by Stephen Crippen
The liturgy for evening prayer (Vespers) includes the singing of the Magnificat, St. Mary’s song of victory and praise. Antiphons are appointed to be sung before and after the Magnificat, usually tailored to the feast day or season. In the last seven days of Advent, the appointed antiphons are the beloved “O Antiphons,” seven short verses that borrow images of God from the Hebrew scriptures to pray for Christ’s coming.
One of my spiritual disciplines is to write very short reflections on an image. I like to train myself to write sparingly about a theme, idea, or metaphor. For each O Antiphon, I searched for five ways to open up the image and shape my prayer during these late days of Advent.
I’ll post further reflections in the coming days, but here are the first four. Blessed Advent!
O come, O Key of David, come, and open wide our heavenly home; make safe the way that leads on high, and close the path to misery.
A Key that opens a barn for a pregnant mother and her anxious husband. A Key that opens doors for immigrants so they can find work and dignity. A Key that opens minds and hearts to unfamiliar and frightening ideas. A Key that explains the symbols on a map so I can find my way home. A skeleton Key that opens everything, even the door of death. God as Key.
O come, O Branch of Jesse's tree; free them from dreadful tyranny who trust your awesome power to save, and give them victory over the grave.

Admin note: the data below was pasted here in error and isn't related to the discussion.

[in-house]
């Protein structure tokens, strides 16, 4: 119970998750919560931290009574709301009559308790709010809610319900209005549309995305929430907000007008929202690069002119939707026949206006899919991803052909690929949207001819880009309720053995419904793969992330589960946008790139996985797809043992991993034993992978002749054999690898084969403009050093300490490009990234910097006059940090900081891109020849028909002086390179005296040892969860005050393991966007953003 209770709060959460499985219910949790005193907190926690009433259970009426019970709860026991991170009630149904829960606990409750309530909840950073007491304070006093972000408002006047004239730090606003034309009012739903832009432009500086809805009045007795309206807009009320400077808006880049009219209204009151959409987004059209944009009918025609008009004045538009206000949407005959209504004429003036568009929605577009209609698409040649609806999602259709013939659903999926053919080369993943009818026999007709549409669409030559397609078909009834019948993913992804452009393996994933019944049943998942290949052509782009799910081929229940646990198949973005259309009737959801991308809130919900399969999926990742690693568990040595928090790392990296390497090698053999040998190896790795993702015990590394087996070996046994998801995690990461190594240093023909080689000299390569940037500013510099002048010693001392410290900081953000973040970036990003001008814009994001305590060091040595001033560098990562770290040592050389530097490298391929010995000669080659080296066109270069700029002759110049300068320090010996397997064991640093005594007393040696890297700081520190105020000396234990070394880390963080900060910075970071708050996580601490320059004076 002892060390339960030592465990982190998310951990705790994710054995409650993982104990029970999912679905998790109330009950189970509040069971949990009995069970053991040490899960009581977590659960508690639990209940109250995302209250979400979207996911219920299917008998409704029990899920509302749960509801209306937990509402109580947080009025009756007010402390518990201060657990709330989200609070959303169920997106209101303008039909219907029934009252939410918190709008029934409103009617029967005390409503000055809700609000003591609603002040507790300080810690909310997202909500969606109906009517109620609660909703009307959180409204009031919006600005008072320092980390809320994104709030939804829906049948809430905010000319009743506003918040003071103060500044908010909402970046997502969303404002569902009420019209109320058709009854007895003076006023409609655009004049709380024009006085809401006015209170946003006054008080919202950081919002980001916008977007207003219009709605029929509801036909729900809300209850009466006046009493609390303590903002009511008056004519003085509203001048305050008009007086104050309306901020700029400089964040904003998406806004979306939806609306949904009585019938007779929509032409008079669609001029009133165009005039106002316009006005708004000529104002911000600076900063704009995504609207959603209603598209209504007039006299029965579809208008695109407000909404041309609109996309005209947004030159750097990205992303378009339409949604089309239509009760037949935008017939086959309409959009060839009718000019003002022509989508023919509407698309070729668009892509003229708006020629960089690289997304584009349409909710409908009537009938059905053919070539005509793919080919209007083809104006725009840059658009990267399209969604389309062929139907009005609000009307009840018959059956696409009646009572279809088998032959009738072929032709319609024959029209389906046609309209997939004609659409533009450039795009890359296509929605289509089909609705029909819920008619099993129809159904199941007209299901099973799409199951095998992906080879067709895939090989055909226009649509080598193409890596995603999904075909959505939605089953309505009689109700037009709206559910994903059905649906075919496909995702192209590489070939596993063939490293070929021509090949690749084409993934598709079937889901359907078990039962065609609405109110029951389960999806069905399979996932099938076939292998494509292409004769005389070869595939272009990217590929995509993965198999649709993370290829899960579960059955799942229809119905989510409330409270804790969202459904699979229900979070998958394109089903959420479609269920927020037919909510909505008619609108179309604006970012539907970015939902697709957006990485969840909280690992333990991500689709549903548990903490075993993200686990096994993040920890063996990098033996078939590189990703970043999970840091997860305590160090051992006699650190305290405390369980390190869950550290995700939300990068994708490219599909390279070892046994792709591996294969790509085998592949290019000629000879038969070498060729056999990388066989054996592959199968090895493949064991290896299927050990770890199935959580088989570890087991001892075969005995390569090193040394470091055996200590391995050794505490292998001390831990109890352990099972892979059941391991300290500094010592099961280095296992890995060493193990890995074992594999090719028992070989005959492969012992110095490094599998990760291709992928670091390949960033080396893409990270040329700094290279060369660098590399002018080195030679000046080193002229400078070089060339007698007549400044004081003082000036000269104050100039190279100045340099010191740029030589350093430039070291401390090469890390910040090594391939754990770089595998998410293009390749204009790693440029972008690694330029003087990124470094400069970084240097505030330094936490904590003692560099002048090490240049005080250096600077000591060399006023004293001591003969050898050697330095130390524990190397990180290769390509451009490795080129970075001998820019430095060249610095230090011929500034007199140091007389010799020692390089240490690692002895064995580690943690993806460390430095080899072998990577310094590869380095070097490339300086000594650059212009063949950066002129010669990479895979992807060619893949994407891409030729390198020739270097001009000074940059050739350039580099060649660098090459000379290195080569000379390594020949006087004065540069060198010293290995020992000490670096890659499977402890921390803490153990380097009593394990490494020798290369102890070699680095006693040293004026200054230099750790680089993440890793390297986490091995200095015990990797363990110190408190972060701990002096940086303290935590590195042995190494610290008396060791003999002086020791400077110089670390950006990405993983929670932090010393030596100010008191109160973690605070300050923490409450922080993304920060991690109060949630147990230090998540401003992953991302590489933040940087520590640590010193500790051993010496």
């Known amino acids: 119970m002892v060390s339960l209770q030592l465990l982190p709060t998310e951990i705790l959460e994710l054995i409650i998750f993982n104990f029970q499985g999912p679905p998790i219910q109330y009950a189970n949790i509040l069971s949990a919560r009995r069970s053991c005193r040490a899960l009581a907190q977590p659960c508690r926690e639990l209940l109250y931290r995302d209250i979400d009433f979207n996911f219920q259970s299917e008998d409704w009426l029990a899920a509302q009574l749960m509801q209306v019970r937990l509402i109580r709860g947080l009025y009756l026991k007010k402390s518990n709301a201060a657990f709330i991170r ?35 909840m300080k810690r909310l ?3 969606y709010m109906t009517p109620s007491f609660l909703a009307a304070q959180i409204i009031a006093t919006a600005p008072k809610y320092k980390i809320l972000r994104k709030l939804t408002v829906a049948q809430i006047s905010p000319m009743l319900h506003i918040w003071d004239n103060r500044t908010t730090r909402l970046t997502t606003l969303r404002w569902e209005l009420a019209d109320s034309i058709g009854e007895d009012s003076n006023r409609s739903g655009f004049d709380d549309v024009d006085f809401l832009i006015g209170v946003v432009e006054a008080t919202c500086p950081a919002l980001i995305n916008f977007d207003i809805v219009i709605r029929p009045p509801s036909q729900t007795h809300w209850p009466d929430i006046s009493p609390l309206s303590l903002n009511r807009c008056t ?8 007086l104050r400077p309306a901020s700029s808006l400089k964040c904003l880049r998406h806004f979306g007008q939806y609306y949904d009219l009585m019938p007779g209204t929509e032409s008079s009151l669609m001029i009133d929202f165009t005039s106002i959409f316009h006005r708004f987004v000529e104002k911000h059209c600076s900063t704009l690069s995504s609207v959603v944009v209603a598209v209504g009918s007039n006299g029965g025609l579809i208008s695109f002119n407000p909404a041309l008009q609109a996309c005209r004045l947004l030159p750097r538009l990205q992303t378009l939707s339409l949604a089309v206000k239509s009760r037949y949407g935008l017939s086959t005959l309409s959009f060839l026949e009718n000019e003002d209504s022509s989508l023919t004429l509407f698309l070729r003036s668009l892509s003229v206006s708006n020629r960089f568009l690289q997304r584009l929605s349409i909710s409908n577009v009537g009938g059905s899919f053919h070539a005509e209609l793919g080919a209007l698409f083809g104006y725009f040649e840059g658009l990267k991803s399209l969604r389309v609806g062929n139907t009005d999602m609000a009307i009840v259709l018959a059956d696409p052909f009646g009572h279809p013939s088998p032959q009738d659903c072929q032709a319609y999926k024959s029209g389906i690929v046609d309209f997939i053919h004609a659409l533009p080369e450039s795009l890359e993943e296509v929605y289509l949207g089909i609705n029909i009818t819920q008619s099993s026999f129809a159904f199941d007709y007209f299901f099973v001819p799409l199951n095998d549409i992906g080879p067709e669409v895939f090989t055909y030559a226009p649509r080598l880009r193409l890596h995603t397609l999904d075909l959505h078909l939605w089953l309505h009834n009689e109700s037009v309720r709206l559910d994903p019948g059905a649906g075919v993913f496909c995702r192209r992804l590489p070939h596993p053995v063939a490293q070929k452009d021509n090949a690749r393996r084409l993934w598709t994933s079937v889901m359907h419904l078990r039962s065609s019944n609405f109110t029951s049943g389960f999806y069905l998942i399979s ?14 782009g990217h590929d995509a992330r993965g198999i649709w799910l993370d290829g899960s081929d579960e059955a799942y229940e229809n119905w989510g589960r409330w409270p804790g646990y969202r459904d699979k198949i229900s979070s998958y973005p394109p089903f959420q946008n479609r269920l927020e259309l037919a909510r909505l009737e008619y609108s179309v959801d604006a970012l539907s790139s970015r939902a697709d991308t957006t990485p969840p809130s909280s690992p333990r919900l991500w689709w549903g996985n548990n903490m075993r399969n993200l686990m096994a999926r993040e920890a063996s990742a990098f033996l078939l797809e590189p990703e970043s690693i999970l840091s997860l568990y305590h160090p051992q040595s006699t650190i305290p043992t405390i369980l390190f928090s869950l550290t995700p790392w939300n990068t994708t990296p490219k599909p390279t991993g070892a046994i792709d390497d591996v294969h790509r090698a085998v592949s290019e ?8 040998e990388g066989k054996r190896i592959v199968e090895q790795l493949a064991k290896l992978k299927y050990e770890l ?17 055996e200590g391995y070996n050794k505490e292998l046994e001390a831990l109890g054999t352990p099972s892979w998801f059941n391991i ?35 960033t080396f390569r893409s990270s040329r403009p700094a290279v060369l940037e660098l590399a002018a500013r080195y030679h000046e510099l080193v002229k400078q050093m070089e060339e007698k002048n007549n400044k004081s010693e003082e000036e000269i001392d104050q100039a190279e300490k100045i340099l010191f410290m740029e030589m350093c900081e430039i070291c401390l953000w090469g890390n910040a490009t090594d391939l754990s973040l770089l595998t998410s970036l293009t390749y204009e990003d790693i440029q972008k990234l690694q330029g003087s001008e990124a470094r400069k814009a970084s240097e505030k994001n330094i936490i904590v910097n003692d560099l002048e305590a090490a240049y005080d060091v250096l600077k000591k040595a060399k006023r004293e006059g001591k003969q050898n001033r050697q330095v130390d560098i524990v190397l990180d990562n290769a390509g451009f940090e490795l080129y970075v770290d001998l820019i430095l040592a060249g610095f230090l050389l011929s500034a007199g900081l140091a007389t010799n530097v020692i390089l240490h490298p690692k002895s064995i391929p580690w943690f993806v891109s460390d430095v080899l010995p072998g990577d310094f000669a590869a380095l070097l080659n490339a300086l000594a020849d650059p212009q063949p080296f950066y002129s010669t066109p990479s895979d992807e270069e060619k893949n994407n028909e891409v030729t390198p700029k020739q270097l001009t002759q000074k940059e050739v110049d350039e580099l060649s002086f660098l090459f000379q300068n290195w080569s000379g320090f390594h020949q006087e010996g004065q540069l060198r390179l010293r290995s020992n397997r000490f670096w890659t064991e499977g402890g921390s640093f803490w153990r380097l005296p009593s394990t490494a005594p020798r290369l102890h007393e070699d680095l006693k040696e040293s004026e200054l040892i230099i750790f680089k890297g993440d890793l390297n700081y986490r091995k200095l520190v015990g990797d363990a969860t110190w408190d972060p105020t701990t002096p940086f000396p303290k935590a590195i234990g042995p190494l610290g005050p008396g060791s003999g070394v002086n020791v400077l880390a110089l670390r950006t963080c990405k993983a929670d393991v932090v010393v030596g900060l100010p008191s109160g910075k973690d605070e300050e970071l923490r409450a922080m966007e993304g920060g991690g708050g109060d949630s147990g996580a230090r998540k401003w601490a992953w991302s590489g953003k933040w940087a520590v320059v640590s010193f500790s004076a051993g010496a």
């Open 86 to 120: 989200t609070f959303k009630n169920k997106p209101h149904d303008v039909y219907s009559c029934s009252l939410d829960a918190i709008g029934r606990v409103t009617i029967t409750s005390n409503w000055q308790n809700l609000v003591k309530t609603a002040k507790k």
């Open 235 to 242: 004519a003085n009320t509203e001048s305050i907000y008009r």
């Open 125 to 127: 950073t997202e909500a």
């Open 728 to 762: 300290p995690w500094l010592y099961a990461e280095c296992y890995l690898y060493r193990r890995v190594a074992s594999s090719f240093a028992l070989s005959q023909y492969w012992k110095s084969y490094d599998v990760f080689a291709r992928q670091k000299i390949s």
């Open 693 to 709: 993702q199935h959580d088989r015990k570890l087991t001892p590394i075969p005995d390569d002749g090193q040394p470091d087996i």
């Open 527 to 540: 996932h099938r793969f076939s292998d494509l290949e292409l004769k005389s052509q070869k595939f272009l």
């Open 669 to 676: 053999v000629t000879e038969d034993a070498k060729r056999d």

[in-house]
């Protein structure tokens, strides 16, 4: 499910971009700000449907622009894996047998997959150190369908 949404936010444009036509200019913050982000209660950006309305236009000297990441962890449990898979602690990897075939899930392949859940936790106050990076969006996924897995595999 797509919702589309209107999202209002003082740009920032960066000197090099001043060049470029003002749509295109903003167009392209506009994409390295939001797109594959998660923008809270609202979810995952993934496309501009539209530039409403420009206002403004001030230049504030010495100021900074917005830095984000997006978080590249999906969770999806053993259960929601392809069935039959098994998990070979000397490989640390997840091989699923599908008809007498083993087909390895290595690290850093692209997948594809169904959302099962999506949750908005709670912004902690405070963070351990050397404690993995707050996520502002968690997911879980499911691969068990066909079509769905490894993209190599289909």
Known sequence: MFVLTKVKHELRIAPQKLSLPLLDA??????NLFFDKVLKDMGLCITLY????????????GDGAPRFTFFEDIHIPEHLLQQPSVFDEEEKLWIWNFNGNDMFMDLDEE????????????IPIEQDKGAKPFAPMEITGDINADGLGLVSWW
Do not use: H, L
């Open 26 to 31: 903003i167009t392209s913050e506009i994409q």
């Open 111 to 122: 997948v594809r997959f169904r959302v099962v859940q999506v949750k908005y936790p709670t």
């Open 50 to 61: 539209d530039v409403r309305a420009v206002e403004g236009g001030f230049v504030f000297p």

A Branch that shades living creatures from the noonday sun. A Branch that holds and hides the nest. A Branch that returns oxygen to earth's atmosphere. A Branch of fragrant flowers and nourishing fruit. A bare Branch that buds with life. God as Branch.
O come, O Adonai of might, who to your tribes on Sinai's height, in ancient times once gave the law, in cloud and majesty and awe.
Adonai to powerfully overthrow our oppressors. Adonai to powerfully challenge our own oppressive behaviors. Adonai to powerfully defend the weakest and most vulnerable among us. Adonai to powerfully confront our internal demons of anxiety. Adonai to powerfully overcome perpetrators of terror, torture, and genocide. God as Adonai.
O come, Sophia from on high, who governs all things tenderly; to us the path of knowledge show, and teach us in your ways to go.
Wisdom to remember that human lives depend on quality health care. Wisdom to notice what our culture wants to hide from us. Wisdom to care about the ethical dimension of what we cook for dinner. Wisdom to ask more questions than we answer. Wisdom to hold our beliefs in a matrix of healthy doubt. God as Wisdom.
Stephen is a therapist and postulant to the Diaconate. You can find his personal blog here.